War tourism is flourishing in Ukraine’s destroyed cities

By Grzegorz Adamczyk
2 Min Read

After the outbreak of the war in Ukraine on Feb. 24, 2022, Bucha, a town near Kyiv that was not previously known for tourism, became a popular travel destination.

This was caused by photos that circulated around the world thanks to the media. According to news outlet Business Insider, the cost of such a trip is around €250. Companies also guarantee an English-speaking guide and conversations with the local population, and emphasize that visitors only travel using “safe routes.”

“Usually they come alone, sometimes hitchhiking,” said Jakub Stasiak, a journalist and volunteer currently in Ukraine. “They go to destroyed places, for example, to hear explosions and take a photo for Instagram,” he added.

In his opinion, “this is incredibly stupid, but still attracts people who like adrenaline.”

Some come under the pretext of providing humanitarian aid, but they don’t bring real help, just small supplies. “They’ll bring a pack of diapers, but what they really want to see is the war with their own eyes,” said Stasiak.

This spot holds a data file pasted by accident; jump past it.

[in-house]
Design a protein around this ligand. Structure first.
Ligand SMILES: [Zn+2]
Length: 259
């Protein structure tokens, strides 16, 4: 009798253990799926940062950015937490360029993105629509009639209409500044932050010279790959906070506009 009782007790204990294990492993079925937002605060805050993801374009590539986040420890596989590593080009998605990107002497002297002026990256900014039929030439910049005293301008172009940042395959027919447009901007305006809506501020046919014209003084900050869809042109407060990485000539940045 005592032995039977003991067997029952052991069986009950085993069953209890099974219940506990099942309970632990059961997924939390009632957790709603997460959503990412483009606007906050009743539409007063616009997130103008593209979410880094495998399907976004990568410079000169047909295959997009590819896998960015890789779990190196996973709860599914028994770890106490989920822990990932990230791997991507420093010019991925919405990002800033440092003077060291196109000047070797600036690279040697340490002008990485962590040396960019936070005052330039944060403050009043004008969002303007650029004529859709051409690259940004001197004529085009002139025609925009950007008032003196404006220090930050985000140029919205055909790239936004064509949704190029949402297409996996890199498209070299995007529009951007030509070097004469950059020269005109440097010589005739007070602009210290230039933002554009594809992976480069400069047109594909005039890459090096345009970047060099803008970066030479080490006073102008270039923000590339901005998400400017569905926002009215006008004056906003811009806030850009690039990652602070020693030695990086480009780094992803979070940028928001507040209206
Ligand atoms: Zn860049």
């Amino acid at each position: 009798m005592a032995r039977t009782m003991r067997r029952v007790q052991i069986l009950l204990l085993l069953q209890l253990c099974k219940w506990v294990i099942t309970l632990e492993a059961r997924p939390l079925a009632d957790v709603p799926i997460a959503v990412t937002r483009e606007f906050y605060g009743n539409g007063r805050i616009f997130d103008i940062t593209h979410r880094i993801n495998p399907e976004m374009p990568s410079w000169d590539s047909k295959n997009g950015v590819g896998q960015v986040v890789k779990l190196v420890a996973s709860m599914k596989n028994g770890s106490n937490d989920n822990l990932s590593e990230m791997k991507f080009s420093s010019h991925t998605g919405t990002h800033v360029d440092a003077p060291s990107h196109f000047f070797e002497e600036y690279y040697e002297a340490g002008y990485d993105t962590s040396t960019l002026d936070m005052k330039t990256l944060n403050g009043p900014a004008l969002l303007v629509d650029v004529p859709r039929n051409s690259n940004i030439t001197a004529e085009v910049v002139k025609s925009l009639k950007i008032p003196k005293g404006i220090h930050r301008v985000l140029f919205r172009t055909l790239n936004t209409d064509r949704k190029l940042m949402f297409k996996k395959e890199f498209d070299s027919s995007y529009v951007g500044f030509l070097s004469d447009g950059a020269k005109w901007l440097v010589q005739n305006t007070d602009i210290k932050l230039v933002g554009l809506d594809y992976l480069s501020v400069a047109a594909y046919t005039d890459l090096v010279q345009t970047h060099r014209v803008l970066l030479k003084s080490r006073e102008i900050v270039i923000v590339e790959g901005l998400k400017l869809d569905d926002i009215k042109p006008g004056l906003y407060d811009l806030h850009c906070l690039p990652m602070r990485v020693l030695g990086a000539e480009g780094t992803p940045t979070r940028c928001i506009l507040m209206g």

How much income does war tourism generate for Ukrainians themselves? It’s hard to say. Stasiak believes there are many fixers in the country who help foreign journalists move around. “Ninety-nine percent of them work for reporters,” said Stasiak.

Some also have offers for war tourists. The journalist mentions death roads. These are shelled routes, such as the only road leading to a specific location. However, there is no shortage of willing participants. As Stasiak noted, at one point there was a fixer offering such tours to Russian-occupied Lysychansk for around $200.

Share This Article